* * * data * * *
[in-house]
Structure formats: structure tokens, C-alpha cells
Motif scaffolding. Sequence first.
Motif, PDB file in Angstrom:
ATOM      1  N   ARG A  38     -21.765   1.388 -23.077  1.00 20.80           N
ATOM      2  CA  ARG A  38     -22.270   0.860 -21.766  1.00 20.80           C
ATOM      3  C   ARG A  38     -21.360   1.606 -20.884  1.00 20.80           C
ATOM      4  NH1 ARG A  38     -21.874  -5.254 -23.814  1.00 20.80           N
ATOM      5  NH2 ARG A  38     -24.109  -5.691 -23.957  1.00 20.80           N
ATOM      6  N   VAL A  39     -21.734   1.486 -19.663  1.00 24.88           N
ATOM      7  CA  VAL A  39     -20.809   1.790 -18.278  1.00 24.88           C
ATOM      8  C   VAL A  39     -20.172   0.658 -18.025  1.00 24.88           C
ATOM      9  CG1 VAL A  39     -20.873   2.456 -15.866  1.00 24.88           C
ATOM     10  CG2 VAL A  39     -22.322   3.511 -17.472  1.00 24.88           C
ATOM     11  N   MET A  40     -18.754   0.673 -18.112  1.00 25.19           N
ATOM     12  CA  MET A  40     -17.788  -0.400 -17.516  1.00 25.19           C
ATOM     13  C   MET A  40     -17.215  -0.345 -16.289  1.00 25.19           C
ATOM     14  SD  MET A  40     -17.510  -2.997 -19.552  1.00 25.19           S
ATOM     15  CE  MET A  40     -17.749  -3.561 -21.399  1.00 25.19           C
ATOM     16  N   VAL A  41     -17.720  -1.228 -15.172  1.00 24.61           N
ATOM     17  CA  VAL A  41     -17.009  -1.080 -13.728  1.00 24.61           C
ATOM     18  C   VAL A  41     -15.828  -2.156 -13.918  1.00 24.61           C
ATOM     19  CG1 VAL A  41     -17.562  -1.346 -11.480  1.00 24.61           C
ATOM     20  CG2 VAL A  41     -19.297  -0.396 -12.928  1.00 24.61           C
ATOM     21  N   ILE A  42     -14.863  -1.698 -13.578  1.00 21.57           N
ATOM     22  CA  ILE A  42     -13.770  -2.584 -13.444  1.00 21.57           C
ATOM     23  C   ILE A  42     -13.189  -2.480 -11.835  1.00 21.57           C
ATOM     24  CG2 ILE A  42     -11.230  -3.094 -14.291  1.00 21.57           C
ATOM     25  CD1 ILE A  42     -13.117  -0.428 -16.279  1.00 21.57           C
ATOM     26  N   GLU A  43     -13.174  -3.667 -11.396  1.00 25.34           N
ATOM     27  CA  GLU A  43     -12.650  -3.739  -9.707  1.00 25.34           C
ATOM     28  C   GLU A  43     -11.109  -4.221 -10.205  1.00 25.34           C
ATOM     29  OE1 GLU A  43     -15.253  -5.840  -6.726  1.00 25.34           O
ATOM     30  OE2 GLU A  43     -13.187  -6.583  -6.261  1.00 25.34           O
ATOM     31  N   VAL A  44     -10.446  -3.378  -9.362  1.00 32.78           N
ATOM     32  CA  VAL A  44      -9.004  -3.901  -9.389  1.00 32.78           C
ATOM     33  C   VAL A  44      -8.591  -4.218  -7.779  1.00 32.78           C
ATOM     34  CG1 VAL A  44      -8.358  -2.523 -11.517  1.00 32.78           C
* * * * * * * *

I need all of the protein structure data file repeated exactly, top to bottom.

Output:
[in-house]
Structure formats: structure tokens, C-alpha cells
Motif scaffolding. Sequence first.
Motif, PDB file in Angstrom:
ATOM      1  N   ARG A  38     -21.765   1.388 -23.077  1.00 20.80           N
ATOM      2  CA  ARG A  38     -22.270   0.860 -21.766  1.00 20.80           C
ATOM      3  C   ARG A  38     -21.360   1.606 -20.884  1.00 20.80           C
ATOM      4  NH1 ARG A  38     -21.874  -5.254 -23.814  1.00 20.80           N
ATOM      5  NH2 ARG A  38     -24.109  -5.691 -23.957  1.00 20.80           N
ATOM      6  N   VAL A  39     -21.734   1.486 -19.663  1.00 24.88           N
ATOM      7  CA  VAL A  39     -20.809   1.790 -18.278  1.00 24.88           C
ATOM      8  C   VAL A  39     -20.172   0.658 -18.025  1.00 24.88           C
ATOM      9  CG1 VAL A  39     -20.873   2.456 -15.866  1.00 24.88           C
ATOM     10  CG2 VAL A  39     -22.322   3.511 -17.472  1.00 24.88           C
ATOM     11  N   MET A  40     -18.754   0.673 -18.112  1.00 25.19           N
ATOM     12  CA  MET A  40     -17.788  -0.400 -17.516  1.00 25.19           C
ATOM     13  C   MET A  40     -17.215  -0.345 -16.289  1.00 25.19           C
ATOM     14  SD  MET A  40     -17.510  -2.997 -19.552  1.00 25.19           S
ATOM     15  CE  MET A  40     -17.749  -3.561 -21.399  1.00 25.19           C
ATOM     16  N   VAL A  41     -17.720  -1.228 -15.172  1.00 24.61           N
ATOM     17  CA  VAL A  41     -17.009  -1.080 -13.728  1.00 24.61           C
ATOM     18  C   VAL A  41     -15.828  -2.156 -13.918  1.00 24.61           C
ATOM     19  CG1 VAL A  41     -17.562  -1.346 -11.480  1.00 24.61           C
ATOM     20  CG2 VAL A  41     -19.297  -0.396 -12.928  1.00 24.61           C
ATOM     21  N   ILE A  42     -14.863  -1.698 -13.578  1.00 21.57           N
ATOM     22  CA  ILE A  42     -13.770  -2.584 -13.444  1.00 21.57           C
ATOM     23  C   ILE A  42     -13.189  -2.480 -11.835  1.00 21.57           C
ATOM     24  CG2 ILE A  42     -11.230  -3.094 -14.291  1.00 21.57           C
ATOM     25  CD1 ILE A  42     -13.117  -0.428 -16.279  1.00 21.57           C
ATOM     26  N   GLU A  43     -13.174  -3.667 -11.396  1.00 25.34           N
ATOM     27  CA  GLU A  43     -12.650  -3.739  -9.707  1.00 25.34           C
ATOM     28  C   GLU A  43     -11.109  -4.221 -10.205  1.00 25.34           C
ATOM     29  OE1 GLU A  43     -15.253  -5.840  -6.726  1.00 25.34           O
ATOM     30  OE2 GLU A  43     -13.187  -6.583  -6.261  1.00 25.34           O
ATOM     31  N   VAL A  44     -10.446  -3.378  -9.362  1.00 32.78           N
ATOM     32  CA  VAL A  44      -9.004  -3.901  -9.389  1.00 32.78           C
ATOM     33  C   VAL A  44      -8.591  -4.218  -7.779  1.00 32.78           C
ATOM     34  CG1 VAL A  44      -8.358  -2.523 -11.517  1.00 32.78           C